The value of the arts to children’s learning, growth and development is undeniable. Significant research points to the fact that children who receive an arts-rich education are at a competitive advantage than their peers who do not. Sustained engagements with art helps develop valuable skills and attitudes such as the ability to pose questions, test ideas, apply judgment, take creative risks, solve artistic problems, think flexibly and divergently, and deal with ambiguity¹. Art also fosters the development of creativity, a critically important skill for success in the 21st century. Furthermore, engagements with art boosts student self-confidence. And, art offers a space within which children can explore new ideas, advance their thinking, and apply the insights gained towards their own art making.
In spite of its many contributions, art is often considered secondary within the school curriculum. To understand why, it’s important to recognize and deconstruct popular, yet restrictive views associated with the arts in education. For example, instead of viewing the arts as a necessity for all, the notion of talent restricts who has access to the arts. Talent-based art programmes that focus on imparting concrete art-making skills, are restrictive in their teaching of a particular way of drawing or painting (or working through any other art form), and often cater to only those children that display an inclination and fit pre-conceived ideas of talent. Notions of fun and leisure on the other hand diminish the educational value of the arts, relegating it to one-off activities that temporarily relieve stress from the rigorous curriculum. Such narratives assigned to art, often justify its omission when other school subjects require more attention, which in turn ensures its marginalization. To counteract these narratives, an alternative approach to arts education is needed—one that demonstrates the significant contributions that art makes to children’s growth and development.
ArtSparks Foundation² has been approaching arts education with a focus on the process of art-making, and the valuable learnings embedded within this process. We recognize that when learning interventions in the arts are designed to trigger investigation of materials, discovery of unique possibilities, ideation of multiple artistic solutions, prototyping, reflection, refining, and much more, students are motivated to learn, and they naturally acquire the skills and attitudes needed to get the work done. Once mastered these 21st century learning and life skills such as investigation, creative problem solving, collaboration, etc., transfer over to other domains of work and life. ArtSparks is now beginning to also reflect upon the materials used for art-making. By designing interventions that turn to waste materials as a valuable learning resource, bursting with possibilities, that needs diverting away from landfills, we’re beginning to explore cultivating environmental literacy and responsibility in the children we serve. This aligns well with our overarching goal of fostering the development of 21st century learning and life skills in children.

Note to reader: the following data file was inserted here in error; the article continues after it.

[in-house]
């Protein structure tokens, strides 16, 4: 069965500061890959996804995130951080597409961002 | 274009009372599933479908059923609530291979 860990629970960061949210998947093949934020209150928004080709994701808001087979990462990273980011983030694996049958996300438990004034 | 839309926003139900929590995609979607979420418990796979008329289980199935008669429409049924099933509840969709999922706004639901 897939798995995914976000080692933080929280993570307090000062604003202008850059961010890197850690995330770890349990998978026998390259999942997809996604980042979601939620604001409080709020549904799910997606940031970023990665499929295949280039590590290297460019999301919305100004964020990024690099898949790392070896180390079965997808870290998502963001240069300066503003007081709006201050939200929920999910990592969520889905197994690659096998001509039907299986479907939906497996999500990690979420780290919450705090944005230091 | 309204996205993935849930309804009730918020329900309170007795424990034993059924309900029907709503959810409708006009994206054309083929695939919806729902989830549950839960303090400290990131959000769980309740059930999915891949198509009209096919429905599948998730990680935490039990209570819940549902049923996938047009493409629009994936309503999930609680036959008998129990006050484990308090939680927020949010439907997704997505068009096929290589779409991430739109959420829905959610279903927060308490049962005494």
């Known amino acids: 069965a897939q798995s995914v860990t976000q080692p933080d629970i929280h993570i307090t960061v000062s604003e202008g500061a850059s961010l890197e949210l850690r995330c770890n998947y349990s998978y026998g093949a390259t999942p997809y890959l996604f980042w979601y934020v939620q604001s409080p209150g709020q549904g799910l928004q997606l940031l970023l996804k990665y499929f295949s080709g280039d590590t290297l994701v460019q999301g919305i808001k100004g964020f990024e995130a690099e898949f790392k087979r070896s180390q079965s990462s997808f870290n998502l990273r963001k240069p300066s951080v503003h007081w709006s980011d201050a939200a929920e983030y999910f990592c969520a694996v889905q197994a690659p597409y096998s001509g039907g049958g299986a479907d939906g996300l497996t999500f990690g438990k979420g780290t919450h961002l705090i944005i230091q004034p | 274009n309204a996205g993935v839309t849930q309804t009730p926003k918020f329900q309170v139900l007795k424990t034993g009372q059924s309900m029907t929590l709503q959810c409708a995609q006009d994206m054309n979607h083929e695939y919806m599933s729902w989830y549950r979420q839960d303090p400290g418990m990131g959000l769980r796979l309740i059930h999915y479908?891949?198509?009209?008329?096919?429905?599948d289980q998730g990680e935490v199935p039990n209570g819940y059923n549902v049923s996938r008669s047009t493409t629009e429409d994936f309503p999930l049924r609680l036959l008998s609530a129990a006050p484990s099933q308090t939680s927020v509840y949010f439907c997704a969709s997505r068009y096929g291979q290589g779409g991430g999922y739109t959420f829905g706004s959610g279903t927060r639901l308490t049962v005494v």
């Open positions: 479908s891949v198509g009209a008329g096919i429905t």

How does this all unfold in the classroom? When a group of 7th graders embarked on a 3-month long sculptural project, the goals of the project were clearly defined at the start. More than just a narrow focus on the creation of a self-standing sculpture using recyclable waste materials, the broader goals of the unit were defined as developing within students 8 distinct skills and attitudes as they worked through the process of creation, namely, problem solving, flexible thinking, investigation, creative risk-taking, attention to detail, perseverance, collaboration, and communication.
Translated into the classroom, these 7th graders could be seen transforming the everyday recyclable materials, testing the possibilities that lay within them, repurposing them. Students could also be seen working in groups, researching clothing through the ages, while collectively ideating multiple imaginative solutions, eventually coming to a shared consensus as they embarked on designing a new brand of futuristic clothing. Groups of students deliberated and considered concepts such as balance as they attempted to overcome challenges and failures in their journey towards creating strong base armatures for their sculptures. The ability to try new things even when the outcomes were uncertain, think divergently when the need arose, communicate effectively both as they spoke with and listened to one another, and persevere over a length of time, were all evidenced as the students worked. A major outcome of working with waste materials, evidenced in the students, was a growth in environmental consciousness as they recognized the creative possibilities for reuse embedded within these materials. Students subsequently played an integral role in sourcing these materials from their communities, and re-routing them into the classroom.
At a time when art finds itself in a precarious position, on the brink of being pushed out of schools, despite its many contributions, it’s imperative to reframe the value of art in the context of education. An emphasis on how art plays a critical role in enhancing children’s capabilities, shaping their behaviours and attitudes, stimulating awareness about the world around them and their role in it, all supported by tangible evidence of the same, is the only way forward. Anything less would be a disservice.
¹ Eisner, E. (2004). The arts and the creation of mind. New Haven, CT: Yale University Press.
² ArtSparks Foundation is an educational organization that supports the development of 21st century learning and life skills in children through the medium of visual art and design. ArtSparks also supports the professional development of teachers, encouraging them to reflect on teaching practice, and explore new ways to enrich student learning.